Horror is all about monsters, and those monsters are often the embodiment of social anxiety.
Jason Wallin
30
October
2017
|
22:25
Europe/Amsterdam

Monsters in modern horror culture reflect social anxieties

Plumb your darkest contemporary fears with 9 Halloween viewing suggestions from an education professor.

By KATERYNA BARNES

Horror movies aren’t what they used to be.

Where once they drew on primordial fears about death, darkness and the unknown to hair-raising effect, 21st-century movies have updated their tactics to equally scary effect.

“Horror is all about monsters, and those monsters are often the embodiment of social anxiety,” said Jason Wallin, a media and culture expert in the University of Alberta’s Faculty of Education.

 

“It’s not about the scare tactics so much as the unconscious fears. Horror is a speculation on a potential future and it tries to elevate those anxieties to conscious thought.”

He said contemporary horror movies transform highly relevant concerns about invasive and isolating technology, the wholesale destruction of nature, incurable diseases and fear of difference into the stuff of new nightmares.

And though most people don’t believe the streets will be overtaken by the undead with an appetite for human flesh, the horror genre forces both characters and viewers to confront their fears, which in the 21st century often revolve around the fragility of human society.

“That’s one of the things I love about horror films––they pull the rug out from under all reference points. People have to actually start thinking for themselves since there’s no framework to fall back on to make sense of things,” said Wallin.

How characters resolve their situations also reflects the way society thinks about these issues outside of the genre.

“Instead of trying to understand different bodies, gender, race or how other humans relate to non-humans, we have this really stark division between humans and others. Horror tries to play at the intersection of those forces, but it also tries to understand how we reconcile humanity and the uncanny.”

To help you face your darkest fears, here is Wallin’s list of 21st-century horror recommendations for your viewing discomfort, and the real-world themes that underpin them:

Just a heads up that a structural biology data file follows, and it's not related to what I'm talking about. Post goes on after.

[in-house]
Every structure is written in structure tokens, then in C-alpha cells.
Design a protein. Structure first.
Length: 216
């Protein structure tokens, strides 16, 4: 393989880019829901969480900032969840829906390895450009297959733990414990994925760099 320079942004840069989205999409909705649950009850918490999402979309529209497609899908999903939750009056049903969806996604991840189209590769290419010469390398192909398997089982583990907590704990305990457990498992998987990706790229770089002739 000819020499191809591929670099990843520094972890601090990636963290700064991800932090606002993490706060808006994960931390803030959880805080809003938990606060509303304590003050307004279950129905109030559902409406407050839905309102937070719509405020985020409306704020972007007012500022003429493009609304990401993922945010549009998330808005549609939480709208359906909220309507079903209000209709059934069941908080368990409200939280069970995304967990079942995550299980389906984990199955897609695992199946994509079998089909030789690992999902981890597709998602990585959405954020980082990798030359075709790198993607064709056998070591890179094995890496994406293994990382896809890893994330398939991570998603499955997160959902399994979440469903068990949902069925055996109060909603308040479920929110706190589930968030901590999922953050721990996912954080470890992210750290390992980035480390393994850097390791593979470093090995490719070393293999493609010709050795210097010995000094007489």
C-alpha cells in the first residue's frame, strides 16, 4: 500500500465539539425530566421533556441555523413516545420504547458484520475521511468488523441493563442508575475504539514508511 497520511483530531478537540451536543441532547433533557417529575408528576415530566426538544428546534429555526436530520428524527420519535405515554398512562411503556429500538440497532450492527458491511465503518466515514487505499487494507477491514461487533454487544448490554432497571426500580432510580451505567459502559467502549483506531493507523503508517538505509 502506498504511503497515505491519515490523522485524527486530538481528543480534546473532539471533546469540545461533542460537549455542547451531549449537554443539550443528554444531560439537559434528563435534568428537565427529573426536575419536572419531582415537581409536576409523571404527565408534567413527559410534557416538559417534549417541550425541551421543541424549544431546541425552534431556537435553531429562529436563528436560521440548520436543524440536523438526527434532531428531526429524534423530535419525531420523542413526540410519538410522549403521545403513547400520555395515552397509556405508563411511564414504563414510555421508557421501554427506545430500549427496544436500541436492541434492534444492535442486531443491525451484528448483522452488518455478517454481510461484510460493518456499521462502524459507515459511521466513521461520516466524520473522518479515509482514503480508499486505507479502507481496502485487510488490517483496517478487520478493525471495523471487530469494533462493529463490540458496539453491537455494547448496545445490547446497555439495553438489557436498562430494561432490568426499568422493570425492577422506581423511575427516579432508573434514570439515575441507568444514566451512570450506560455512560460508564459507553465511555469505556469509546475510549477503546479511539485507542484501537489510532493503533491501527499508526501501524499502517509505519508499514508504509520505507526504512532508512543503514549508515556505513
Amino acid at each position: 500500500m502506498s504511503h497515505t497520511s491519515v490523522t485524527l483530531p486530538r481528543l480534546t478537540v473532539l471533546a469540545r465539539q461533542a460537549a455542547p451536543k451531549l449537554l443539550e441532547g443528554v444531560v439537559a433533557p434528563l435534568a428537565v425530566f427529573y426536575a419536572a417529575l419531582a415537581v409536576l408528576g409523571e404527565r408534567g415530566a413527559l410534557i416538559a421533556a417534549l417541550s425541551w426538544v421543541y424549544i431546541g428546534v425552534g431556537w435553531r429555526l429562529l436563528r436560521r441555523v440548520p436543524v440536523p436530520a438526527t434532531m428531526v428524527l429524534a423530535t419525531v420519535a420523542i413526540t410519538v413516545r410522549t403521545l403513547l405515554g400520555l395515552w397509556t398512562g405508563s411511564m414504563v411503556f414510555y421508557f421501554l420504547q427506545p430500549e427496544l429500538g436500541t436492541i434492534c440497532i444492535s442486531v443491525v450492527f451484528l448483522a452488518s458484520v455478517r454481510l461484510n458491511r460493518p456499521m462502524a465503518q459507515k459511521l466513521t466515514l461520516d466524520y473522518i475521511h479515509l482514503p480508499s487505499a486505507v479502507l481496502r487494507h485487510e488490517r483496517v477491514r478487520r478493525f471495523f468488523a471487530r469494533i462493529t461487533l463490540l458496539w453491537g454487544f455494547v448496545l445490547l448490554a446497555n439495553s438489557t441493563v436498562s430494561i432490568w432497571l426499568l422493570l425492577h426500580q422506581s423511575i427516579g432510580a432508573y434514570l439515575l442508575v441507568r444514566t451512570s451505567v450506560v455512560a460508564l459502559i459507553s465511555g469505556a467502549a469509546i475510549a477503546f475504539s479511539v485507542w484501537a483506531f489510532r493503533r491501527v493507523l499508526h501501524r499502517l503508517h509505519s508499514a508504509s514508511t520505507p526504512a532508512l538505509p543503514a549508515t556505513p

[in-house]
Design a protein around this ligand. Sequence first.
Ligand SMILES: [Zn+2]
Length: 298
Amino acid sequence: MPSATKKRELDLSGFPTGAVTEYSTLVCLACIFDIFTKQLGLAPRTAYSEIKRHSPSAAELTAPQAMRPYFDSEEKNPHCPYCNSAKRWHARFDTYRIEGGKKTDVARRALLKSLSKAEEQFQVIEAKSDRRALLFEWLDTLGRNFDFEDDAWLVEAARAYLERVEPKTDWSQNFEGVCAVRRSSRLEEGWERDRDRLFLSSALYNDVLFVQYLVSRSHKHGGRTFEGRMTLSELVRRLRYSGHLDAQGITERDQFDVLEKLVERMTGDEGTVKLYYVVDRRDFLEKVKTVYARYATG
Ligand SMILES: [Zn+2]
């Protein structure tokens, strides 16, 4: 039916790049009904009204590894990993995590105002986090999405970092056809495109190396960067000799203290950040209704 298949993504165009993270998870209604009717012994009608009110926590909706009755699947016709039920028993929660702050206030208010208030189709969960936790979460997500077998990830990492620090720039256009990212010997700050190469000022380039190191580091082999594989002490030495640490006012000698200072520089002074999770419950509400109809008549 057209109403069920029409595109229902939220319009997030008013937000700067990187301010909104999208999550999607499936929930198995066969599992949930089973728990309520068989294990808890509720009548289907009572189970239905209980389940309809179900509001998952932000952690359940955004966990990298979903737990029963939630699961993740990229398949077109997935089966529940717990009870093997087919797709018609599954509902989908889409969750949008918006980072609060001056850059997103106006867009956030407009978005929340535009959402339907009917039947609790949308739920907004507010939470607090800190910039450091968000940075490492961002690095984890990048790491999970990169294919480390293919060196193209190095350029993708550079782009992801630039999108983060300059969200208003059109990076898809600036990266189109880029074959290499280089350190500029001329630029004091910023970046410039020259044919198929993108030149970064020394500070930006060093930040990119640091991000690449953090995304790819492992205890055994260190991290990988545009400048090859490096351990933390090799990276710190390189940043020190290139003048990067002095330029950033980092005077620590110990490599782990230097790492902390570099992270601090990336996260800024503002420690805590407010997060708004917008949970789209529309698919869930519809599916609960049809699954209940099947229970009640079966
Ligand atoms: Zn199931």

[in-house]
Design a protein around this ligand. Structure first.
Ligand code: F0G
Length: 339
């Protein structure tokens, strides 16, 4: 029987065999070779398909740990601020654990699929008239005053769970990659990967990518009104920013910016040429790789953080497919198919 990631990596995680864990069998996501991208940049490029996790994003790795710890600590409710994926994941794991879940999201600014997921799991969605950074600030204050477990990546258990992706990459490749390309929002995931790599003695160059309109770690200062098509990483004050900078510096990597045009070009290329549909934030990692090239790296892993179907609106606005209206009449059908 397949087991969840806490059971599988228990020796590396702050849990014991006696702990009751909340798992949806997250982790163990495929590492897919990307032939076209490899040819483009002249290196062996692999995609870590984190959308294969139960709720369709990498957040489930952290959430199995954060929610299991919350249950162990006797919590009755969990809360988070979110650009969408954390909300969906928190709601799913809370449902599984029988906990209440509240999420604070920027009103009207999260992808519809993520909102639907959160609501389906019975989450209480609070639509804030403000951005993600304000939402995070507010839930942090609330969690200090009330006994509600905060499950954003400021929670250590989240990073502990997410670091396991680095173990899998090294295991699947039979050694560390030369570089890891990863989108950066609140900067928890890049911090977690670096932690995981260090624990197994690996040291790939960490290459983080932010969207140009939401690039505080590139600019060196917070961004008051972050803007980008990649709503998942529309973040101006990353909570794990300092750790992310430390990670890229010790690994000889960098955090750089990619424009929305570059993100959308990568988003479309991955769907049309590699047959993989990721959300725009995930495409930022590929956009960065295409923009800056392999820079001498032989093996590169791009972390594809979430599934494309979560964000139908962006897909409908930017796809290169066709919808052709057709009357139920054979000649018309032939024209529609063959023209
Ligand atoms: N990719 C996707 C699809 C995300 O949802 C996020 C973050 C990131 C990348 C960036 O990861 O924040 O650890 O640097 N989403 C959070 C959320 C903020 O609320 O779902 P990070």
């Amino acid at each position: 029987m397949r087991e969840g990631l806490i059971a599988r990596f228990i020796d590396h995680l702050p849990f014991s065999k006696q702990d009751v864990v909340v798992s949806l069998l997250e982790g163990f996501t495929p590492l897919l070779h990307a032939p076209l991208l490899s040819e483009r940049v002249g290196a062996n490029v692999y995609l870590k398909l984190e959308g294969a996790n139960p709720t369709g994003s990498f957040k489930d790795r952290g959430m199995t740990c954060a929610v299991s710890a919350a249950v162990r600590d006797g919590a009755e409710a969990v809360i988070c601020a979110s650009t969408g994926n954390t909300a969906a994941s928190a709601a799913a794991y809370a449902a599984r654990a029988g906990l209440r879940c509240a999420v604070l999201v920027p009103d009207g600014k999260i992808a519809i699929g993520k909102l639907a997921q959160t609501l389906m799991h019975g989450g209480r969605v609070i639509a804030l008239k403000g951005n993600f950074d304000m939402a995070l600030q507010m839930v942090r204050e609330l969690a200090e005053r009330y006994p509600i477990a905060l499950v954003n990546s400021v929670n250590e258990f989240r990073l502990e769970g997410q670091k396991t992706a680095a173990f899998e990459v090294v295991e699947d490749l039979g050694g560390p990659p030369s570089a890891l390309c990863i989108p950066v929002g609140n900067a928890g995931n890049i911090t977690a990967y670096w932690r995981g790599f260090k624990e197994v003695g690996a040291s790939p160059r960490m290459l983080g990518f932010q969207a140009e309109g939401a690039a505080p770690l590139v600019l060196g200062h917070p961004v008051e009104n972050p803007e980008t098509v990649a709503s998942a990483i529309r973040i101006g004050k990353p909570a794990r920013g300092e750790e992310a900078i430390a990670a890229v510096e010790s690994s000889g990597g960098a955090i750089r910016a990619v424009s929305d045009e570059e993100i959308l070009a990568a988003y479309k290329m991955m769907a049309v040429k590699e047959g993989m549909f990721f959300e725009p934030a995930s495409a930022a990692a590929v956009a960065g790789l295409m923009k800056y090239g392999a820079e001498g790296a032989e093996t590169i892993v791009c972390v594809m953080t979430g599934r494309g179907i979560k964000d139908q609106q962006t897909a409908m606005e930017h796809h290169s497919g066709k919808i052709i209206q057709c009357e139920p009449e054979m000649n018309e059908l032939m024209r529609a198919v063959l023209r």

1. Zombies - “George Romero, the father of the modern zombie movie, took inspiration from class warfare, racial tensions and inequality in the United States. Now zombies also represent fears about being overworked, about super-viruses and epidemics like Ebola, avian flu and SARS.” Recommended viewing: Fido; Train to Busan

  2. Mutants - “Playing on the fear that there are no pristine spaces of nature left, the mutant shows us that the natural world has already mutated. It’s also a look at the fear of what humanity has created and of losing control.” Recommended viewing: The Bay; The Descent

  3. Animals - “In the era of the sixth mass extinction of the animals on this planet, concerns about settler-colonialism and the presumption that the planet belongs to western society, these fears are embodied by animals reclaiming their space.” Recommended viewing: Backcountry; Sharknado

  4. Vegetation - “The natural world creates defence mechanisms against the contagion that is humanity, a genocidal force against all non-human things. By using natural attributes, Mother Earth gets her revenge.” Recommended viewing: Treevenge; The Girl With All the Gifts

  5. Technology - “Vulnerability, the erosion of the private sphere—where anyone can see into the most intimate aspects of your life—and being forced into a game through electronics and social media manifest.” Recommended viewing: Unfriended; The Ring

  6. Stalkers - “From a heightened cultural paranoia about who people are, what people are capable of and who is watching you, it feels like you are constantly pursued and there’s no escape anymore.” Recommended viewing: Corpse Husband; It Follows

  7. Supernatural - “When latent social traumas like abuse or isolation go unacknowledged, they come back to get revenge on the living through supernatural means, forcing the living to account for what they have done.” Recommended viewing: The Conjuring; Annabelle

  8. Mental health - “With worries about mental illnesses, depression, social anxiety and lack of supports to help people through difficult times, internal anxieties manifest externally.” Recommended viewing: The Babadook; Legion

  9. People - “In the midst of apocalyptic devastation there is the opportunity to rethink how to live and configure society, yet humanity often chooses to act out its worst habitual tendencies.” Recommended viewing: The Walking Dead; 10 Cloverfield Lane